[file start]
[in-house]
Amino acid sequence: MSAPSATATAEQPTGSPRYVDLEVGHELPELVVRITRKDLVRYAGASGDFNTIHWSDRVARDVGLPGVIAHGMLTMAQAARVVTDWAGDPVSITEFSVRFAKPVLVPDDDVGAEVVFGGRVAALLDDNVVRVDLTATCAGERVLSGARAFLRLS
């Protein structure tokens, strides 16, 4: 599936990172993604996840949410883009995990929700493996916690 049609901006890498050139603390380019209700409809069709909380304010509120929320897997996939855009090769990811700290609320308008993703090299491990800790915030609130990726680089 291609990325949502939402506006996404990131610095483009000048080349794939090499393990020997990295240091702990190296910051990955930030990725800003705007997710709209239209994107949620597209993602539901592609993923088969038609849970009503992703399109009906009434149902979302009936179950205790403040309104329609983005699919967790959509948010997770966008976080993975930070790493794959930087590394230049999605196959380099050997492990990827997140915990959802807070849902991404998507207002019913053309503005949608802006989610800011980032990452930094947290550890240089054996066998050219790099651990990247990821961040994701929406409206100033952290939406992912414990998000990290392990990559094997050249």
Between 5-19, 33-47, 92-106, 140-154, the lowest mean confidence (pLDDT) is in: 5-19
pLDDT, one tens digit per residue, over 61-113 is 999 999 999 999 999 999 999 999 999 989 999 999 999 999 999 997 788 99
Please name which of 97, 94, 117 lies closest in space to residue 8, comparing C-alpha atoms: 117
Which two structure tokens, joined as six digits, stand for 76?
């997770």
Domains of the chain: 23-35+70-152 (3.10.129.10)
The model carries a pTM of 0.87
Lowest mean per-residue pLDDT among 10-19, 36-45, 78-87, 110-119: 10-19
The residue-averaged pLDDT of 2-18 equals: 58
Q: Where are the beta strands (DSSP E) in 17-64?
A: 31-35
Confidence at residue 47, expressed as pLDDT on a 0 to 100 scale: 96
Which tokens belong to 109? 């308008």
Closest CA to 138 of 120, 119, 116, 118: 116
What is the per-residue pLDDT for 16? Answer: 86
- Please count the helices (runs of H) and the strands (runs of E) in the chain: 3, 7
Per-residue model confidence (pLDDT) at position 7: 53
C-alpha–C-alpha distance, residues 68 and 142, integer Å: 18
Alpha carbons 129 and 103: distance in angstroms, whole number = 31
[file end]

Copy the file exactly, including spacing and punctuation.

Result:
[in-house]
Amino acid sequence: MSAPSATATAEQPTGSPRYVDLEVGHELPELVVRITRKDLVRYAGASGDFNTIHWSDRVARDVGLPGVIAHGMLTMAQAARVVTDWAGDPVSITEFSVRFAKPVLVPDDDVGAEVVFGGRVAALLDDNVVRVDLTATCAGERVLSGARAFLRLS
């Protein structure tokens, strides 16, 4: 599936990172993604996840949410883009995990929700493996916690 049609901006890498050139603390380019209700409809069709909380304010509120929320897997996939855009090769990811700290609320308008993703090299491990800790915030609130990726680089 291609990325949502939402506006996404990131610095483009000048080349794939090499393990020997990295240091702990190296910051990955930030990725800003705007997710709209239209994107949620597209993602539901592609993923088969038609849970009503992703399109009906009434149902979302009936179950205790403040309104329609983005699919967790959509948010997770966008976080993975930070790493794959930087590394230049999605196959380099050997492990990827997140915990959802807070849902991404998507207002019913053309503005949608802006989610800011980032990452930094947290550890240089054996066998050219790099651990990247990821961040994701929406409206100033952290939406992912414990998000990290392990990559094997050249």
Between 5-19, 33-47, 92-106, 140-154, the lowest mean confidence (pLDDT) is in: 5-19
pLDDT, one tens digit per residue, over 61-113 is 999 999 999 999 999 999 999 999 999 989 999 999 999 999 999 997 788 99
Please name which of 97, 94, 117 lies closest in space to residue 8, comparing C-alpha atoms: 117
Which two structure tokens, joined as six digits, stand for 76?
């997770």
Domains of the chain: 23-35+70-152 (3.10.129.10)
The model carries a pTM of 0.87
Lowest mean per-residue pLDDT among 10-19, 36-45, 78-87, 110-119: 10-19
The residue-averaged pLDDT of 2-18 equals: 58
Q: Where are the beta strands (DSSP E) in 17-64?
A: 31-35
Confidence at residue 47, expressed as pLDDT on a 0 to 100 scale: 96
Which tokens belong to 109? 């308008």
Closest CA to 138 of 120, 119, 116, 118: 116
What is the per-residue pLDDT for 16? Answer: 86
- Please count the helices (runs of H) and the strands (runs of E) in the chain: 3, 7
Per-residue model confidence (pLDDT) at position 7: 53
C-alpha–C-alpha distance, residues 68 and 142, integer Å: 18
Alpha carbons 129 and 103: distance in angstroms, whole number = 31